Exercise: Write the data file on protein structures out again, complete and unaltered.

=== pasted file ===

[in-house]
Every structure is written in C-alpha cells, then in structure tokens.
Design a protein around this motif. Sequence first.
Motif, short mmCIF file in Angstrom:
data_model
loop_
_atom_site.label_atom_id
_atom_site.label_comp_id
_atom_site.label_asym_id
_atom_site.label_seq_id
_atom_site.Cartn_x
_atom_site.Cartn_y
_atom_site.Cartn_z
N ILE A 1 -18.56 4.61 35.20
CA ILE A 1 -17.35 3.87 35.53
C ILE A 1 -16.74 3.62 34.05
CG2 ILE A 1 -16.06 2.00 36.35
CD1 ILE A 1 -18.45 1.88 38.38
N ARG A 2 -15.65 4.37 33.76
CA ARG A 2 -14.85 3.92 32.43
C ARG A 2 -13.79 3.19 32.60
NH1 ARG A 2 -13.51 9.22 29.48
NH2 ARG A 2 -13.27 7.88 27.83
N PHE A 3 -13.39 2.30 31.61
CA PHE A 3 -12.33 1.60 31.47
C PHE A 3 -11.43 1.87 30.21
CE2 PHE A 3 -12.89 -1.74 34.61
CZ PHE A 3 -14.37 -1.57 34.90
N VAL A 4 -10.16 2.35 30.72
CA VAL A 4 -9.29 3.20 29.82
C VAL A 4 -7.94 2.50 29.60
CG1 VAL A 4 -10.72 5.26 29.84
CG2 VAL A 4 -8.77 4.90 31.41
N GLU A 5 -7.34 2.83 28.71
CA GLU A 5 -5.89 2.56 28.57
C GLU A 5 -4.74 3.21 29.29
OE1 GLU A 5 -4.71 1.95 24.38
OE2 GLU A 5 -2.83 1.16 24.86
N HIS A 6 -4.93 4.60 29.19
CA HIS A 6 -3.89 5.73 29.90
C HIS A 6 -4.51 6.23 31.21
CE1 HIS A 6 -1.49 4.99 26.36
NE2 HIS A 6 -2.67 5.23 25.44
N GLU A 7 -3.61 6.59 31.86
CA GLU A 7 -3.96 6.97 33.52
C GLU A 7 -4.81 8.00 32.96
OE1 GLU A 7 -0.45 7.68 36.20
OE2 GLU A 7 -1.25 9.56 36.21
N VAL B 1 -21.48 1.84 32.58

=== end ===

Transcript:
[in-house]
Every structure is written in C-alpha cells, then in structure tokens.
Design a protein around this motif. Sequence first.
Motif, short mmCIF file in Angstrom:
data_model
loop_
_atom_site.label_atom_id
_atom_site.label_comp_id
_atom_site.label_asym_id
_atom_site.label_seq_id
_atom_site.Cartn_x
_atom_site.Cartn_y
_atom_site.Cartn_z
N ILE A 1 -18.56 4.61 35.20
CA ILE A 1 -17.35 3.87 35.53
C ILE A 1 -16.74 3.62 34.05
CG2 ILE A 1 -16.06 2.00 36.35
CD1 ILE A 1 -18.45 1.88 38.38
N ARG A 2 -15.65 4.37 33.76
CA ARG A 2 -14.85 3.92 32.43
C ARG A 2 -13.79 3.19 32.60
NH1 ARG A 2 -13.51 9.22 29.48
NH2 ARG A 2 -13.27 7.88 27.83
N PHE A 3 -13.39 2.30 31.61
CA PHE A 3 -12.33 1.60 31.47
C PHE A 3 -11.43 1.87 30.21
CE2 PHE A 3 -12.89 -1.74 34.61
CZ PHE A 3 -14.37 -1.57 34.90
N VAL A 4 -10.16 2.35 30.72
CA VAL A 4 -9.29 3.20 29.82
C VAL A 4 -7.94 2.50 29.60
CG1 VAL A 4 -10.72 5.26 29.84
CG2 VAL A 4 -8.77 4.90 31.41
N GLU A 5 -7.34 2.83 28.71
CA GLU A 5 -5.89 2.56 28.57
C GLU A 5 -4.74 3.21 29.29
OE1 GLU A 5 -4.71 1.95 24.38
OE2 GLU A 5 -2.83 1.16 24.86
N HIS A 6 -4.93 4.60 29.19
CA HIS A 6 -3.89 5.73 29.90
C HIS A 6 -4.51 6.23 31.21
CE1 HIS A 6 -1.49 4.99 26.36
NE2 HIS A 6 -2.67 5.23 25.44
N GLU A 7 -3.61 6.59 31.86
CA GLU A 7 -3.96 6.97 33.52
C GLU A 7 -4.81 8.00 32.96
OE1 GLU A 7 -0.45 7.68 36.20
OE2 GLU A 7 -1.25 9.56 36.21
N VAL B 1 -21.48 1.84 32.58